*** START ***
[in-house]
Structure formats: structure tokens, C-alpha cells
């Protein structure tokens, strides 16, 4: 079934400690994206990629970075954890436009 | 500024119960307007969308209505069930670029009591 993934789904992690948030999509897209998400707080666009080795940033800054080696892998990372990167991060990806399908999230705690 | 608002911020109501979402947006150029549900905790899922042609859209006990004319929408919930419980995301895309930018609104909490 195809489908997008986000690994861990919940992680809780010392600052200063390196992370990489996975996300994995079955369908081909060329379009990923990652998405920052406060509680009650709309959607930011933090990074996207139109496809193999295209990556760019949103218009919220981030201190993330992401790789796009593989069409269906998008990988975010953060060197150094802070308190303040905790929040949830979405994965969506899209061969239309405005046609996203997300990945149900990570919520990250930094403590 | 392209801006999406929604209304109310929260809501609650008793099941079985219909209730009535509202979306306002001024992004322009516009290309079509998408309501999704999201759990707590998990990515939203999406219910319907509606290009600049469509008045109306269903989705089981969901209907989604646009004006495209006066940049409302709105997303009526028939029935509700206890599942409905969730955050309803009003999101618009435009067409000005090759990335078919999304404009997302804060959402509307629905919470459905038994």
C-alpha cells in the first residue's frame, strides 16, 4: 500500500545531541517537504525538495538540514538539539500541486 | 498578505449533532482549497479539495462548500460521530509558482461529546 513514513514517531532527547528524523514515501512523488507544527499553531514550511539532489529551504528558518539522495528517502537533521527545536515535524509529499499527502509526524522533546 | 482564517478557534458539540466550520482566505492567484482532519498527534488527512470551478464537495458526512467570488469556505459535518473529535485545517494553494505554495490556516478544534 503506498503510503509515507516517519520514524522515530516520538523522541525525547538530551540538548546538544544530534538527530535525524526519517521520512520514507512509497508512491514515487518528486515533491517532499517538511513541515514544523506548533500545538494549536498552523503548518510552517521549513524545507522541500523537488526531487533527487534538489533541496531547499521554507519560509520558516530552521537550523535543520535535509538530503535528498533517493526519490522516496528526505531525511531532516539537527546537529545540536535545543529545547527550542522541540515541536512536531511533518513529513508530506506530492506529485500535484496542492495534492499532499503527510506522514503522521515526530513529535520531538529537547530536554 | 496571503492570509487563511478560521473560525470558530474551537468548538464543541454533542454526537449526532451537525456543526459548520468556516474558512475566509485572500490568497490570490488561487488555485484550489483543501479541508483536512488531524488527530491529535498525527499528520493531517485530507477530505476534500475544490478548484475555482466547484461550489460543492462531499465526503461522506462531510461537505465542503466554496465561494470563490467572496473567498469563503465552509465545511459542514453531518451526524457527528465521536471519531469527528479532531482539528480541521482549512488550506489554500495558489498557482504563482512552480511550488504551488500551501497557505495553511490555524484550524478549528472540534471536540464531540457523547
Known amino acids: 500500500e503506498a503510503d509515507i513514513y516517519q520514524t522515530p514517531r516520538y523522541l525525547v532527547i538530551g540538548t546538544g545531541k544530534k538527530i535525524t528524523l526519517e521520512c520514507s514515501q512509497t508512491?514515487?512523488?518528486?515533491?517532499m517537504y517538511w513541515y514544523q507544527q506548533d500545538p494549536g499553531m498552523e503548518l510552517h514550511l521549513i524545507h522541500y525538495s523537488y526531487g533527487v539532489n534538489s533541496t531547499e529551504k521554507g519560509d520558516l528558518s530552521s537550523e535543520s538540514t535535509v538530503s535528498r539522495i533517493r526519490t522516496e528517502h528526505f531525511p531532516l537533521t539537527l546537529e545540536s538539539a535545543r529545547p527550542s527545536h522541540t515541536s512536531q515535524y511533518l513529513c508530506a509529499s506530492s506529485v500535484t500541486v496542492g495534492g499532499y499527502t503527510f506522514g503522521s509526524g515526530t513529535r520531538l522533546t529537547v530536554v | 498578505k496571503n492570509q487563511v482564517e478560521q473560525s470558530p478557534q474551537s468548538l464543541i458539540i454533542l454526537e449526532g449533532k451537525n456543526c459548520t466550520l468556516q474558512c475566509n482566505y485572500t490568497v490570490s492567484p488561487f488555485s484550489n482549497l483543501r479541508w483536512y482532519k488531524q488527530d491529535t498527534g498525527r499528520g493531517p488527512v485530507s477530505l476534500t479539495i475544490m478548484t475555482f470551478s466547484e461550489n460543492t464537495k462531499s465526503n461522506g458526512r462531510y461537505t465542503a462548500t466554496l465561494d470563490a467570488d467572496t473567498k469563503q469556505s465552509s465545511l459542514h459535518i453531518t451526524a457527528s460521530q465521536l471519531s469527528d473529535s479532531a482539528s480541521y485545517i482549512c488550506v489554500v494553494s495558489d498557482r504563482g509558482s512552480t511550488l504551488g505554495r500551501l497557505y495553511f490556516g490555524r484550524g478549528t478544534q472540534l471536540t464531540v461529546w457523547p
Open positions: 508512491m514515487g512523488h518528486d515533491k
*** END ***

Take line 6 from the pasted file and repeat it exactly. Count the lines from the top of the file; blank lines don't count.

Open positions: 508512491m514515487g512523488h518528486d515533491k